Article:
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Scientists have developed a new weapon in the war against cancer.

Arizona State University researchers successfully programmed nanorobots to shrink tumors by cutting off their blood supply.

“We have developed the first fully autonomous DNA robotic system for a very precise drug design and targeted cancer therapy,” Hao Yan, director of the ASU Biodesign Institute’s Center for Molecular Design and Biomimetics, said in a statement.

Made of a flat, rectangular DNA origami sheet, each nanobot features an average of four thrombin blood-clotting molecules, which stop blood flow in affected areas and cause a sort of “tumor mini heart attack.”

As part of their research, scientists injected the teeny robots into cancer-ridden mice; the wee tubes then traveled through the bloodstream, zeroing in on carcinomas.

As you can see in the video below, the thrombin creates a sort of dam, cutting off movement within vessels that feed tumor growth. Fast-moving and hard-working, the nanorobots quickly surround the sarcoma hours after injection.

After completing their mission, most of the machines were cleared from the body within 24 hours.

“This technology is a strategy that can be used for many types of cancer, since all solid tumor-feeding blood vessels are essentially the same,” Yan said.

To avoid attacking healthy cells, nanorobots are fitted with a DNA aptamer, which specifically targets the protein nucleolin, made in high amounts only on the surface of tumor endothelial cells.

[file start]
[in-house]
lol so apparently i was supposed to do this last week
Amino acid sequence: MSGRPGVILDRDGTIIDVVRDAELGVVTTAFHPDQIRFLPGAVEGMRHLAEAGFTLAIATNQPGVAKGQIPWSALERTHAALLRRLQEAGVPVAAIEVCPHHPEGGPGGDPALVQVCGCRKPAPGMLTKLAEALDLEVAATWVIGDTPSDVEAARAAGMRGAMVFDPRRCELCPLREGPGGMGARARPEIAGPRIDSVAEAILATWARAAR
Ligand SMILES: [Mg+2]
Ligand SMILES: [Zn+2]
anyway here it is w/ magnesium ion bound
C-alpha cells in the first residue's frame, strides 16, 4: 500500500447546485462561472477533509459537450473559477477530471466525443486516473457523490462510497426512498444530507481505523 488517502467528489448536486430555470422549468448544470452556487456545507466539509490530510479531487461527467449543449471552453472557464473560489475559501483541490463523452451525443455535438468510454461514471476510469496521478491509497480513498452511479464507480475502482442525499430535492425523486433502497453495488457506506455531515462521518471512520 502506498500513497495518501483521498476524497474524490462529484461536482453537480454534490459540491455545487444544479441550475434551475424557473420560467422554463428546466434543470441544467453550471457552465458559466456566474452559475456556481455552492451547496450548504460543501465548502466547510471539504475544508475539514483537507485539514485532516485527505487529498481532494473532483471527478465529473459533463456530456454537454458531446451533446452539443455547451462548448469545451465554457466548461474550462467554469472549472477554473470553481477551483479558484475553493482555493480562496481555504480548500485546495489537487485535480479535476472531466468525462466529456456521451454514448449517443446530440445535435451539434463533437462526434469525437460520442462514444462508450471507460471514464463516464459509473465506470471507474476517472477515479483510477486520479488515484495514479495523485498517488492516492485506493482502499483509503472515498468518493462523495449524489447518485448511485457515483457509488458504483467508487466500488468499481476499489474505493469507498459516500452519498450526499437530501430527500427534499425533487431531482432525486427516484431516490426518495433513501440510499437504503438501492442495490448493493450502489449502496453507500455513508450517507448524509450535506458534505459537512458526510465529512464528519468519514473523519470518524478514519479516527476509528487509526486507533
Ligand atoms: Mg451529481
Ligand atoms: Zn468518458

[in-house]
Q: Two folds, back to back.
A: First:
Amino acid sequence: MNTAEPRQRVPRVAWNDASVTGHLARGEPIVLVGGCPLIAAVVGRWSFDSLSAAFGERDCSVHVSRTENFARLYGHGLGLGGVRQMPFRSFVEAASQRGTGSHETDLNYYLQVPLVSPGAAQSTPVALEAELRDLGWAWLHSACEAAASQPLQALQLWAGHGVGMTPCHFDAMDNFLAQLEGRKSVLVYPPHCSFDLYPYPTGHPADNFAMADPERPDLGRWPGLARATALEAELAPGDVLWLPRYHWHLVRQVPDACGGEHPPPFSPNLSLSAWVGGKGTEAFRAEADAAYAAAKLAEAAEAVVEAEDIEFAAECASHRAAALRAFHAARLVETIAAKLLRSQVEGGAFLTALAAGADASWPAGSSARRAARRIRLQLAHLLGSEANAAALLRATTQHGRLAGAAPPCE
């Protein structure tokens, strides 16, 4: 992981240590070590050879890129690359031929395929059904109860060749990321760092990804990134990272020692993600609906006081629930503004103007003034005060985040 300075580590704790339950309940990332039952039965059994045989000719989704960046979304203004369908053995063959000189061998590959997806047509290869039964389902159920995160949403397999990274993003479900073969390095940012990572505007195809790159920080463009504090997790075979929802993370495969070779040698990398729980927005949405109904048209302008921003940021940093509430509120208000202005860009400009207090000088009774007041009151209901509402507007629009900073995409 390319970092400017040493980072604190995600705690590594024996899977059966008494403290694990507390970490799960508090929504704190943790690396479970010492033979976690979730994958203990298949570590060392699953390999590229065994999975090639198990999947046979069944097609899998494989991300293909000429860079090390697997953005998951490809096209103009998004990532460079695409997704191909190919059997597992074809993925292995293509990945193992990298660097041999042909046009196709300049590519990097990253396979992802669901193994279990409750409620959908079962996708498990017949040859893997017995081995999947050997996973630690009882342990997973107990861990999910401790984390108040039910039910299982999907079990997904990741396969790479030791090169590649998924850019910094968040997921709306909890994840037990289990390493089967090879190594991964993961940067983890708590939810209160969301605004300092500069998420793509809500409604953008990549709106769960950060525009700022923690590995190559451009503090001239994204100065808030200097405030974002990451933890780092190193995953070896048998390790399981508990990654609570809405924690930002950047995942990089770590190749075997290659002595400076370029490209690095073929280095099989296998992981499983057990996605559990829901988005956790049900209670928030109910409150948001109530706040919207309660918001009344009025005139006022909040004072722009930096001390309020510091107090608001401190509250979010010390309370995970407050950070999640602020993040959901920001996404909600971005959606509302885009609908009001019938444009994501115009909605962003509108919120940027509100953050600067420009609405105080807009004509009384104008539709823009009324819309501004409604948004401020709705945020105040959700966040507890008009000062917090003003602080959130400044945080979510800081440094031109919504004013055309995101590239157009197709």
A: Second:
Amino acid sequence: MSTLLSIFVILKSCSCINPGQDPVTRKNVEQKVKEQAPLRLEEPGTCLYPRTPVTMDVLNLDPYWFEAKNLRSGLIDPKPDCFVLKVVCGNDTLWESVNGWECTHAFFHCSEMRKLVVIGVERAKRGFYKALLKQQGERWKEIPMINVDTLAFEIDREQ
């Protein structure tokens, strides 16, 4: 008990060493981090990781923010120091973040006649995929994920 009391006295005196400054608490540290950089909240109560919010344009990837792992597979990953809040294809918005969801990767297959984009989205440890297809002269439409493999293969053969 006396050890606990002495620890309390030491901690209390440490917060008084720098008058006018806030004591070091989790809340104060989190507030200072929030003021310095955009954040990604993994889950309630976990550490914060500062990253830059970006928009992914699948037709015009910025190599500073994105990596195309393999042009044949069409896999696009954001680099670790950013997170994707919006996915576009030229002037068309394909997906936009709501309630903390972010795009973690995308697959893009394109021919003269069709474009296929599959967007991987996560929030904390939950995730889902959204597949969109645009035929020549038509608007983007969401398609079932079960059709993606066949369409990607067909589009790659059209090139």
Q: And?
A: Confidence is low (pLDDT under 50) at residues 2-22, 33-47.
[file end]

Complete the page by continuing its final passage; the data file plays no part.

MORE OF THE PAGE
The nanorobots showed “no detectable changes” in blood coagulation or cell morphology, according to lead scientist Yuliang Zhao, a professor at the National Center for Nanoscience and Technology (NCNST) of the Chinese Academy of Sciences.

More importantly, there was no evidence of the devices spreading to the brain, where they could cause harmful side effects.

“In a melanoma mouse model, the nanorobot not only affected the primary tumor but also prevented the formation of metastasis, showing promising therapeutic potential,” Yan boasted.

New-kid-on-the-block nanomedicine uses nanotechnology—the manipulation of matter on an atomic, molecular, and supramolecular scale—to diagnose and treat difficult diseases.

Arizona State University and NCNST collaborators are actively pursuing clinical partners to further develop their technology.

Read the first-of-its-kind study (using melanoma and breast, lung, and ovarian cancer mouse models), published this week in the journal Nature Biotechnology.

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(via ASU Biodesign Institute)

An average of four thrombin molecules are attached to a flat DNA scaffold

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(via ASU Biodesign Institute)

The key to programming a nanorobot that attacks only a cancer cell was to include a special payload on its surface

3.

(via ASU Biodesign Institute)

The nanorobot is programmed, like the Trojan horse, to deliver its unsuspecting drug cargo into the very heart of the tumor

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(via ASU Biodesign Institute)

The nanotechnology creates a sort of dam that blocks the flow of blood to tumors

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(via ASU Biodesign Institute)

The blood clots, causing a sort of tumor mini heart attack and leading to tumor tissue death

 

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